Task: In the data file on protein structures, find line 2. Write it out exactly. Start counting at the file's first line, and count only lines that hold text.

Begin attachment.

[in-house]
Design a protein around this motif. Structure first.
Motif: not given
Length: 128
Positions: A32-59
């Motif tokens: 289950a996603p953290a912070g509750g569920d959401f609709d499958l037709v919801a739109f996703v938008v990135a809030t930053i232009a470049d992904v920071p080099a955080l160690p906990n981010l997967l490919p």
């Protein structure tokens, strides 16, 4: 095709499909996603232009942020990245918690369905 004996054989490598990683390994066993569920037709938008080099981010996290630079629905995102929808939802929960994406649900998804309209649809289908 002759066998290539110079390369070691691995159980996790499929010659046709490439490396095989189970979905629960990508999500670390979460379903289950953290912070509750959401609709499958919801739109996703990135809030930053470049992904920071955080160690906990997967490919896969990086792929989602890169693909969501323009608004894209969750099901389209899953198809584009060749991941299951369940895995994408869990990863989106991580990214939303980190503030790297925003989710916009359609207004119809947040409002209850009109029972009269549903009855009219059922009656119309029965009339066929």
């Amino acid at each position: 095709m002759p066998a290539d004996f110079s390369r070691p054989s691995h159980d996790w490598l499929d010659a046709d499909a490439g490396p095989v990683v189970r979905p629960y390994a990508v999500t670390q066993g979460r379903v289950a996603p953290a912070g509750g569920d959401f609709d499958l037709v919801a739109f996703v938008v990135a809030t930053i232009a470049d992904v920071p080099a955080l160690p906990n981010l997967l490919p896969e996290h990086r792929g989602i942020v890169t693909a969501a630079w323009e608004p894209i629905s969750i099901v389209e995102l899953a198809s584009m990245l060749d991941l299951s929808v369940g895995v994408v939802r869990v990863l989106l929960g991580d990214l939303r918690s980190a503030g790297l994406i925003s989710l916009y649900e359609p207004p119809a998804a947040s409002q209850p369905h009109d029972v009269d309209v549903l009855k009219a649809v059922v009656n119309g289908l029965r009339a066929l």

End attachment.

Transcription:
Design a protein around this motif. Structure first.